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OPENSHAW LICENSING CASE
An Important Decision
At the City Police Court, on Wednesday, an interesting
point was raised in regard to the licensing law. It arose
out of a case against Patrick MORLEY for selling drink
without a license. It was alleged by the police that the
licensee of the George and Dragon, a fully-licensed house
in Ashton Old-road, was not in charge there, and that
the defendant was performing the actual duties. Mr BELL
prosecuted, and Mr William COBBETT appeared on behalf
of the defendant.
The evidence was to the effect that the police visited
the house, and found the defendant in sole charge. MORLEY
said that the licensee, Sarah BROUGHTON, had not been
there for months. He had not seen her since taking over
the management of the house six weeks before. He further
stated that Mrs BROUGHTON was employed as housekeeper
to the barmen in the house, for which she received 3s.
Superintendent CORDEN told the court that he had sent
for the licensee on a previous occasion to obtain an explanation,
but she did not come. After another visit to the house
she called to see him, and said she knew nothing whatever
about the management of the house, and had not been living
at the place for some months.
Mr CORBETT submitted that the defendant had the authority
of the licensee for selling in the house.
Mr BELL contended that the bona-fide licensee, Mrs BROUGHTON,
had no power whatever in the house, and could not give
authority to someone else to conduct the business, as
she was herself merely a servant with a weekly wage.
The Stipendiary decided there ought to be a conviction,
on the ground that there was no authority given on the
part of the licensee for the defendant to conduct the
business. A fine of 40s. and costs was imposed.
REVOLVERS AND BAD LANGUAGE AT ASHTON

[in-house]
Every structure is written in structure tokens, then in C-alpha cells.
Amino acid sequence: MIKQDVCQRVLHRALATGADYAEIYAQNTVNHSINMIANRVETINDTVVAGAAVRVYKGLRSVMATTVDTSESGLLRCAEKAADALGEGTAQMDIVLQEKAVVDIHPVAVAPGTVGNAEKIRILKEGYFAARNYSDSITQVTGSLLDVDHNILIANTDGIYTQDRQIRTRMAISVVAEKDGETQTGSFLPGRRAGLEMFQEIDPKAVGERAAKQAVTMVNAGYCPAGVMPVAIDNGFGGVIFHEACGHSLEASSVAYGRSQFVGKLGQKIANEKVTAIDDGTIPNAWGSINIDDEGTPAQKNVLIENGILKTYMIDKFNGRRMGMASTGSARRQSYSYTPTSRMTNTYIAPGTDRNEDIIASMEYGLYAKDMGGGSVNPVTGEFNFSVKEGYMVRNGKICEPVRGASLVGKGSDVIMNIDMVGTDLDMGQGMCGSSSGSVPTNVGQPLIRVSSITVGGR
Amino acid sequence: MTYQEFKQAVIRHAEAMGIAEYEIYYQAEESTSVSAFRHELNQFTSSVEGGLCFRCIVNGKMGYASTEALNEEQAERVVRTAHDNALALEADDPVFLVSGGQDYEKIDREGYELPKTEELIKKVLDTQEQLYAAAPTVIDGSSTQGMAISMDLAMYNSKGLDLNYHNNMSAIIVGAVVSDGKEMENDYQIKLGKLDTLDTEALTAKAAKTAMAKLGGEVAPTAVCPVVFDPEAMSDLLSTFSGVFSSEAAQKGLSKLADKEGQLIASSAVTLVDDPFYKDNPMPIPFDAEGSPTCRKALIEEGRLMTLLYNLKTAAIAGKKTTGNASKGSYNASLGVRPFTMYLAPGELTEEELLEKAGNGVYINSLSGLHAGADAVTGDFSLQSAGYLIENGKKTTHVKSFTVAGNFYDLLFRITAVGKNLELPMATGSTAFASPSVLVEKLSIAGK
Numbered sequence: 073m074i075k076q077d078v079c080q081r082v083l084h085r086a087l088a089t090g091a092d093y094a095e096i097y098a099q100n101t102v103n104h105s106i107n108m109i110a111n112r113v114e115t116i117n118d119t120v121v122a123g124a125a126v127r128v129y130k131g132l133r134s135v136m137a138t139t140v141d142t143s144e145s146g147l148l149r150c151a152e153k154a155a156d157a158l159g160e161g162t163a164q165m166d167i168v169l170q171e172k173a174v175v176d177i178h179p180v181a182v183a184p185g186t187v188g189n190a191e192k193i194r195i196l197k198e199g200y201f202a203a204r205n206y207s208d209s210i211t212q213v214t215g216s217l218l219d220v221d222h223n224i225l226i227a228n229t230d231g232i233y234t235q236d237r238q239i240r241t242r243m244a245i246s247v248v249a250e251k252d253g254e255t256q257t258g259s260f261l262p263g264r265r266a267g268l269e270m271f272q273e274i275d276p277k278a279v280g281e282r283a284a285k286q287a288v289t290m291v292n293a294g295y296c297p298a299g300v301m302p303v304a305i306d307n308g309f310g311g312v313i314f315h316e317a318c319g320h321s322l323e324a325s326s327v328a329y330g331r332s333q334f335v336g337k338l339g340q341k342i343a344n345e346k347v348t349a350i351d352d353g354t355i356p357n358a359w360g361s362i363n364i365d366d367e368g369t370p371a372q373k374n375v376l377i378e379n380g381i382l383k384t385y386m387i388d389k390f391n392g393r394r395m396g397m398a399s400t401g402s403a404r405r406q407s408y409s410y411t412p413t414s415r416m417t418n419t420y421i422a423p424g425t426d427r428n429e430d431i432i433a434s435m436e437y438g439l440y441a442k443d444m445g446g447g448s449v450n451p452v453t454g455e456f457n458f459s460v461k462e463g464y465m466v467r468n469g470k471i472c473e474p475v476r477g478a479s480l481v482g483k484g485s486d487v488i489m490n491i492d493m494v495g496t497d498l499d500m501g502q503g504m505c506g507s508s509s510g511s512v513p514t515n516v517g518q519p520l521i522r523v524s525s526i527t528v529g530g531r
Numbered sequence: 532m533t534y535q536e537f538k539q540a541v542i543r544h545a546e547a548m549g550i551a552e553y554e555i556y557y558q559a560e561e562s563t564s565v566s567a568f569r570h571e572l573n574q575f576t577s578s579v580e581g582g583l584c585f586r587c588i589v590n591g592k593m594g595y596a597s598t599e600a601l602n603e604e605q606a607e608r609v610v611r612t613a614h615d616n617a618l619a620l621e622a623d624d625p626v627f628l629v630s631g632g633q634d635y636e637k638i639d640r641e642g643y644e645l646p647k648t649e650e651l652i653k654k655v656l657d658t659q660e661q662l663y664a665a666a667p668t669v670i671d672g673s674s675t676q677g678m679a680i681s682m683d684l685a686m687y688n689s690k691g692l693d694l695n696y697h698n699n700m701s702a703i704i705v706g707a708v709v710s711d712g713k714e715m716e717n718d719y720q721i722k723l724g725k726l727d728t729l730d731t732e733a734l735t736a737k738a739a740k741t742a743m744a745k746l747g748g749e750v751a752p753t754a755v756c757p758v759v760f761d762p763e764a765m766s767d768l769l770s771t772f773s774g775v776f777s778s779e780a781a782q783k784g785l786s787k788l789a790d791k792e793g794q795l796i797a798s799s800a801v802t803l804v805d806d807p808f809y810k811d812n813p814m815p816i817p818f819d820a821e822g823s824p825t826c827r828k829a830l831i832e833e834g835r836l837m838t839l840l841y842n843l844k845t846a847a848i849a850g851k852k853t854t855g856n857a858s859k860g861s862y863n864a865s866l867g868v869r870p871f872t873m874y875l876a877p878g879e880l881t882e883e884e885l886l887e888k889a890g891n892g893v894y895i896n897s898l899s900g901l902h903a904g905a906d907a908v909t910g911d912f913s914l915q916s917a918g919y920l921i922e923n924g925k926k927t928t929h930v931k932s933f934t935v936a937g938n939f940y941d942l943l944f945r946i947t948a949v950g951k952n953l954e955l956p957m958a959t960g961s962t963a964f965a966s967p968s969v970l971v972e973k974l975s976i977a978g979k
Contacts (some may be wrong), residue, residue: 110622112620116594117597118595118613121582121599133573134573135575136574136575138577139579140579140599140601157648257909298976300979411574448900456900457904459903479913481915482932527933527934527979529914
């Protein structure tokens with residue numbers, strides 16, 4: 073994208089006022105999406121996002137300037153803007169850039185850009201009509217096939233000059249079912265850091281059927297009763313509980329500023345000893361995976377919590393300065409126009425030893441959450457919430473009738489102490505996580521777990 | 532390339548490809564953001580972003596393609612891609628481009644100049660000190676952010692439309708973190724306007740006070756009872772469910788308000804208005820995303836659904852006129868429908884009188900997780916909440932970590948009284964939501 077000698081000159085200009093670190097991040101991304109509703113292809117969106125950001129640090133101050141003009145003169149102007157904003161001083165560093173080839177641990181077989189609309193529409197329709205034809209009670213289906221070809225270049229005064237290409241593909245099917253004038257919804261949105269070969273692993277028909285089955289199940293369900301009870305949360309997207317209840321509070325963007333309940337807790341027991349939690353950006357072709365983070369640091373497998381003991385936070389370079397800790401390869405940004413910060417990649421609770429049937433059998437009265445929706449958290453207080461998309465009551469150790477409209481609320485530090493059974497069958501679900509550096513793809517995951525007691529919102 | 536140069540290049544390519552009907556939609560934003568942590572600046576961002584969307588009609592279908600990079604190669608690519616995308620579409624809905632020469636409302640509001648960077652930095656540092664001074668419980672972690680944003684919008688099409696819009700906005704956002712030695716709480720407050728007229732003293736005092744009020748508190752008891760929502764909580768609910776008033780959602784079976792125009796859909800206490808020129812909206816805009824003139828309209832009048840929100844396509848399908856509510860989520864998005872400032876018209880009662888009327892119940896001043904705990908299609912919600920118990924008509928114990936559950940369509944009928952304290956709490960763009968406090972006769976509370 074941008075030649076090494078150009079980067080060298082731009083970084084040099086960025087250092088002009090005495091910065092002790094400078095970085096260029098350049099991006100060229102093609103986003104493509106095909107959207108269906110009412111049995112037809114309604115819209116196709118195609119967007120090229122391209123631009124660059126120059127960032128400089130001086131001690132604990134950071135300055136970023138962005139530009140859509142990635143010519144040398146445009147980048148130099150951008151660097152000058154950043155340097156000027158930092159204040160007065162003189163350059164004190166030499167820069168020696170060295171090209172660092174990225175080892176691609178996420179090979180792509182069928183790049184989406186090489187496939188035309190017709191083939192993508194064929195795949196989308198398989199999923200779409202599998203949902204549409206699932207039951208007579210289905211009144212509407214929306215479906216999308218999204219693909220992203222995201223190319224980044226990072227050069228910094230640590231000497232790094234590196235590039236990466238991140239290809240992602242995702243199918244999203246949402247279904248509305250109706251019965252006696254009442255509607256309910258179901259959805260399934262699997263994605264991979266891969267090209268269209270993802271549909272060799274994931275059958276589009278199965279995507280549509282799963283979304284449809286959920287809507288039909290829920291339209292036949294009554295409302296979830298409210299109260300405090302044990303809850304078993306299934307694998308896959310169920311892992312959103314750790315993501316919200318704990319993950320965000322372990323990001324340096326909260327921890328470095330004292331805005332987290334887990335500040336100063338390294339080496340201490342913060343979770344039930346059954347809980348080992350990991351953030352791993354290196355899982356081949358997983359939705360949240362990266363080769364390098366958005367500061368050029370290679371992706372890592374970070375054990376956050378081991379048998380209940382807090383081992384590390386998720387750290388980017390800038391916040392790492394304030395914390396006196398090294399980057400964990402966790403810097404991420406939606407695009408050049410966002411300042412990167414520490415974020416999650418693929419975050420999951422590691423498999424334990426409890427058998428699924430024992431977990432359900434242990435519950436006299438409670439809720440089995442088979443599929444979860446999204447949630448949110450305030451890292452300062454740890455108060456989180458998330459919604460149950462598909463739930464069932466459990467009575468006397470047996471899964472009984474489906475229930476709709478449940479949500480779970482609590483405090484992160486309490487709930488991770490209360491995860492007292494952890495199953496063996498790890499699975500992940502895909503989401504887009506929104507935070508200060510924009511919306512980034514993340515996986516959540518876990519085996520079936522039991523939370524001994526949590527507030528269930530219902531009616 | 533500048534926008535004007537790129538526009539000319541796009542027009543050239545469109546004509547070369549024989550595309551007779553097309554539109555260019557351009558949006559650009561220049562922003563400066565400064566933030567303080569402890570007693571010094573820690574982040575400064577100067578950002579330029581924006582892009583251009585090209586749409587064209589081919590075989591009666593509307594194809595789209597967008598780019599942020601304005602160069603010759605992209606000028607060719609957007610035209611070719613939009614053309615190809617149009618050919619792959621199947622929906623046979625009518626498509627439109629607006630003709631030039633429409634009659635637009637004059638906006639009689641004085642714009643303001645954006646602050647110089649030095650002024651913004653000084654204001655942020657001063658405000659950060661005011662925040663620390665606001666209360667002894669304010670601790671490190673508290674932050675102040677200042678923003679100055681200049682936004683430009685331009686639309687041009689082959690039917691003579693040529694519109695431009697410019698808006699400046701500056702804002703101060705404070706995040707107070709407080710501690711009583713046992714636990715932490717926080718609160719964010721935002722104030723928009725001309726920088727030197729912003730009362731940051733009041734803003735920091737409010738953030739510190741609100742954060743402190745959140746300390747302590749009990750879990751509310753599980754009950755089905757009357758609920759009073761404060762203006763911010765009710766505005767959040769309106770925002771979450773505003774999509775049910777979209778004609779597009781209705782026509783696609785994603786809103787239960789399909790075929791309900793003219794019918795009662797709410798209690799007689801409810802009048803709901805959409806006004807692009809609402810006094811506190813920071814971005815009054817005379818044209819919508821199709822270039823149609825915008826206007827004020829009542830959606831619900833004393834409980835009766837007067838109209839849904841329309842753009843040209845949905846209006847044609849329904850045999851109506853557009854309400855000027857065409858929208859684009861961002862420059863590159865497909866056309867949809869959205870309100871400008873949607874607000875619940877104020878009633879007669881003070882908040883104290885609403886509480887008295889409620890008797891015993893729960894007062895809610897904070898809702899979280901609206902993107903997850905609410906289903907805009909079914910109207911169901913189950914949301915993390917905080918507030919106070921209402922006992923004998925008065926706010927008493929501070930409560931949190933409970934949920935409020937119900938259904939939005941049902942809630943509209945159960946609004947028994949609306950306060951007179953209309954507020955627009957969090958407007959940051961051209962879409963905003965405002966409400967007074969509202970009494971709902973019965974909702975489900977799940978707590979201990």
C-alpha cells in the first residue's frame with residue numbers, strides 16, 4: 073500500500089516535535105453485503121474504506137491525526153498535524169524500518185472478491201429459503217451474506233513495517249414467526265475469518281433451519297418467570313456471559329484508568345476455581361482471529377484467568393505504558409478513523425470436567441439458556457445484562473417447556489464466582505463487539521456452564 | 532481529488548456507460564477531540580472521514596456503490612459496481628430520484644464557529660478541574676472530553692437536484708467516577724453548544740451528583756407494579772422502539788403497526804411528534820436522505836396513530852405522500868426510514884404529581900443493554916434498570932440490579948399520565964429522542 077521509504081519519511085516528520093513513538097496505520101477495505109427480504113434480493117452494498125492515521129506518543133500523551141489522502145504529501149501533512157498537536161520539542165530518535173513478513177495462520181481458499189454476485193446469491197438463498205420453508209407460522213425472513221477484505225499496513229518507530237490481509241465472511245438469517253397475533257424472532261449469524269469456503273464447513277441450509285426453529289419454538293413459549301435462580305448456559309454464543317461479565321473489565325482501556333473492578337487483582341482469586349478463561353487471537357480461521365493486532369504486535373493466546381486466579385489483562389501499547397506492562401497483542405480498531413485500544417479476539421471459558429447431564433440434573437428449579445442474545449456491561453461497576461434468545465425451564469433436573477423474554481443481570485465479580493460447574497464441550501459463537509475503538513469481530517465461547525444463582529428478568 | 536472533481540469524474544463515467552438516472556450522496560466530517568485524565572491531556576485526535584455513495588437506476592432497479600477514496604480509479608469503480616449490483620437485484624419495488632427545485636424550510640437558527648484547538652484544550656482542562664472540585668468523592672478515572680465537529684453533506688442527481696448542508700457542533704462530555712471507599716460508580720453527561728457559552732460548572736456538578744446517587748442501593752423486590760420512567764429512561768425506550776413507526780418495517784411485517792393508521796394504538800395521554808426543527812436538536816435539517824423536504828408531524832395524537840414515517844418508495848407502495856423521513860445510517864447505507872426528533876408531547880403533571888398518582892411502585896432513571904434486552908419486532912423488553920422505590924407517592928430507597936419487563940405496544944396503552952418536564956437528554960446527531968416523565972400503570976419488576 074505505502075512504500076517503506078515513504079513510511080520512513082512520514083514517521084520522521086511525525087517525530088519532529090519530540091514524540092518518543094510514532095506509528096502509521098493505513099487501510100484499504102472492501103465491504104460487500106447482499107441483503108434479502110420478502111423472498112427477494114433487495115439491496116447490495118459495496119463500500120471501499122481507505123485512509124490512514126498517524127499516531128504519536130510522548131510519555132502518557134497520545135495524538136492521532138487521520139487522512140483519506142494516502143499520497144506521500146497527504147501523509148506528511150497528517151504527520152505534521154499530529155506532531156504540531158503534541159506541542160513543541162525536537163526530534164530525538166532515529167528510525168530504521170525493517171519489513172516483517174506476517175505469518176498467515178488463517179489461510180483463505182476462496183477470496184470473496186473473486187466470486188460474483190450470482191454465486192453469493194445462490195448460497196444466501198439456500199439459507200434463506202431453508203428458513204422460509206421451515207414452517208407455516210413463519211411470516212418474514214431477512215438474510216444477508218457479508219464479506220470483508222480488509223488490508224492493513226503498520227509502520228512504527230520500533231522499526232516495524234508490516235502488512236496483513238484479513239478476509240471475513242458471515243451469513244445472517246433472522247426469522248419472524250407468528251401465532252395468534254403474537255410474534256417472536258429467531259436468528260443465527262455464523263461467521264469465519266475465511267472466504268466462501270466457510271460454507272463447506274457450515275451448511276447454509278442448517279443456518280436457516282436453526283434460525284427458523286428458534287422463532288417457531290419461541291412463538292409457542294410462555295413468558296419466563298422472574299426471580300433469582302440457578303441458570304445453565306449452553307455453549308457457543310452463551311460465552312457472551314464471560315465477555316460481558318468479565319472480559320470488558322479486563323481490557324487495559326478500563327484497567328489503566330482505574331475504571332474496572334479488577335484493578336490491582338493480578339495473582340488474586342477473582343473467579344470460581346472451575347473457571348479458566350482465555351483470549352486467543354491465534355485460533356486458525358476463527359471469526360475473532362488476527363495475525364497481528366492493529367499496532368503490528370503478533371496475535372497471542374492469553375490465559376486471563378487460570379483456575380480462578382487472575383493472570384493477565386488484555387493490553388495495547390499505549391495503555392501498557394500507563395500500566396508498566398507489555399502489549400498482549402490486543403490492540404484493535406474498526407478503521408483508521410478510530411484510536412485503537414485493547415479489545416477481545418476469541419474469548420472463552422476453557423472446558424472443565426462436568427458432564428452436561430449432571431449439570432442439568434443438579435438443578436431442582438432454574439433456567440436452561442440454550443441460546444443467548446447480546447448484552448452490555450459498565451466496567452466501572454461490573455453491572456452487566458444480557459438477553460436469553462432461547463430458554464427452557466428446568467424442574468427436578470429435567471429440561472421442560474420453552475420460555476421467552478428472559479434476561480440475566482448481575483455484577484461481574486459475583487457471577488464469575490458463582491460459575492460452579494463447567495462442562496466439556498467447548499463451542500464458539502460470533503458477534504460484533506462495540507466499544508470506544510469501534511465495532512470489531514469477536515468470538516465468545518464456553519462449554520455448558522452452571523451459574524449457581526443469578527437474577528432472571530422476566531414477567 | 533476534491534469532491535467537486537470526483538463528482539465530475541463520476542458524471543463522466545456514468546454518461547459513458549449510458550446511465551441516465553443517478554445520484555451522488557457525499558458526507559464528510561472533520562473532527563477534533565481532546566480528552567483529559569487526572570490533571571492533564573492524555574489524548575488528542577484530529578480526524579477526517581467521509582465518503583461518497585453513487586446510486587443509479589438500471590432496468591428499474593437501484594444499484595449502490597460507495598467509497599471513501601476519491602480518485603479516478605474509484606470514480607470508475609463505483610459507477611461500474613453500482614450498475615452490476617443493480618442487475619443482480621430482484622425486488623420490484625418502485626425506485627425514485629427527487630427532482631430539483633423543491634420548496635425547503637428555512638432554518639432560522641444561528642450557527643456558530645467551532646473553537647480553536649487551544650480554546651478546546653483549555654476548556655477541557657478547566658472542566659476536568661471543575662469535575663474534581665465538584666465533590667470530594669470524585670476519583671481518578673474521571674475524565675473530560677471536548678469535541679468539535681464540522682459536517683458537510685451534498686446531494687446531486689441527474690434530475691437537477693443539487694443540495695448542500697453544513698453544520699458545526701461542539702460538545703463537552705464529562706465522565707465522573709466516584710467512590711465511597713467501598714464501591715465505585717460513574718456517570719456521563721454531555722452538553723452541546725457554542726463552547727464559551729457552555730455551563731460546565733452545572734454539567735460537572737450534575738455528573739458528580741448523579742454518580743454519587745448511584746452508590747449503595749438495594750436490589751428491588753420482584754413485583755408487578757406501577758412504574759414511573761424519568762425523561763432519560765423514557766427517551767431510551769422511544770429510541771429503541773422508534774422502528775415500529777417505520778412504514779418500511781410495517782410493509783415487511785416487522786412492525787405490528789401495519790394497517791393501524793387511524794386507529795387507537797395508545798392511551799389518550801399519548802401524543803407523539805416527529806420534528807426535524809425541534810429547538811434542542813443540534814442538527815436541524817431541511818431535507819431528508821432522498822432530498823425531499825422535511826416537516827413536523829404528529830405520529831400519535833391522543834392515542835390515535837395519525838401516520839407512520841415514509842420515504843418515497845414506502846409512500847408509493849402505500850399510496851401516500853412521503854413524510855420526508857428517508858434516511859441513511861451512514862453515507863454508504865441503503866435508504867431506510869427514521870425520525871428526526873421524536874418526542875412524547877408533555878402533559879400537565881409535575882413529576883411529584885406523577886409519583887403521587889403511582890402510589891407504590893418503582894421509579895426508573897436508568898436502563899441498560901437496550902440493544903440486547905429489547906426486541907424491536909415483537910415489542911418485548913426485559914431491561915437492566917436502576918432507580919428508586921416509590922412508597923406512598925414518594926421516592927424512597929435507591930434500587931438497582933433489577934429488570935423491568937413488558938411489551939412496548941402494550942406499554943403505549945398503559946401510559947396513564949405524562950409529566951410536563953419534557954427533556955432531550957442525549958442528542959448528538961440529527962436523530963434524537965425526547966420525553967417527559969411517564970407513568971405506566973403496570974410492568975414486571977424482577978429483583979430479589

Sights and Sounds on Manchester-road
At the Ashton Borough Police Court on Monday forenoon
three young boys named Robert HALL, Ambrose ADDISON, and
Richard MASSEY were charged with using obscene language
in Stamford Place on the 20th of September. They all pleaded
A youth named Henry KING gave evidence to the effect that
the three youngsters were using bad language to him as
he passed. They always did. One of the defendants (who
all appeared to treat the matter as a huge joke): He said
he could hear me fifty miles away. That's not true. —
Another: Did you see me swear? — Witness: No, but
I heard you. — The Chief Constable: Is it true that
they often use bad language? — Witness: Yes sir.
— ADDISON: He said he'd shoot me with a revolver
once. He's known as the Revolver King. — (Laughter.)
He's often thrashed us too. — The Chief Constable:
Is that true? — KING: No sir. I've never been able
to catch them. — Ettie POTTS gave similar evidence.
HALL's version of the affair was that as they were going
down Manchester-road they saw KING, and a little boy named
DRINKWATER shouted, but they never did at all. —
The Chairman said the magistrates were convinced that
they used bad language, and they would be fined 5s. 6d.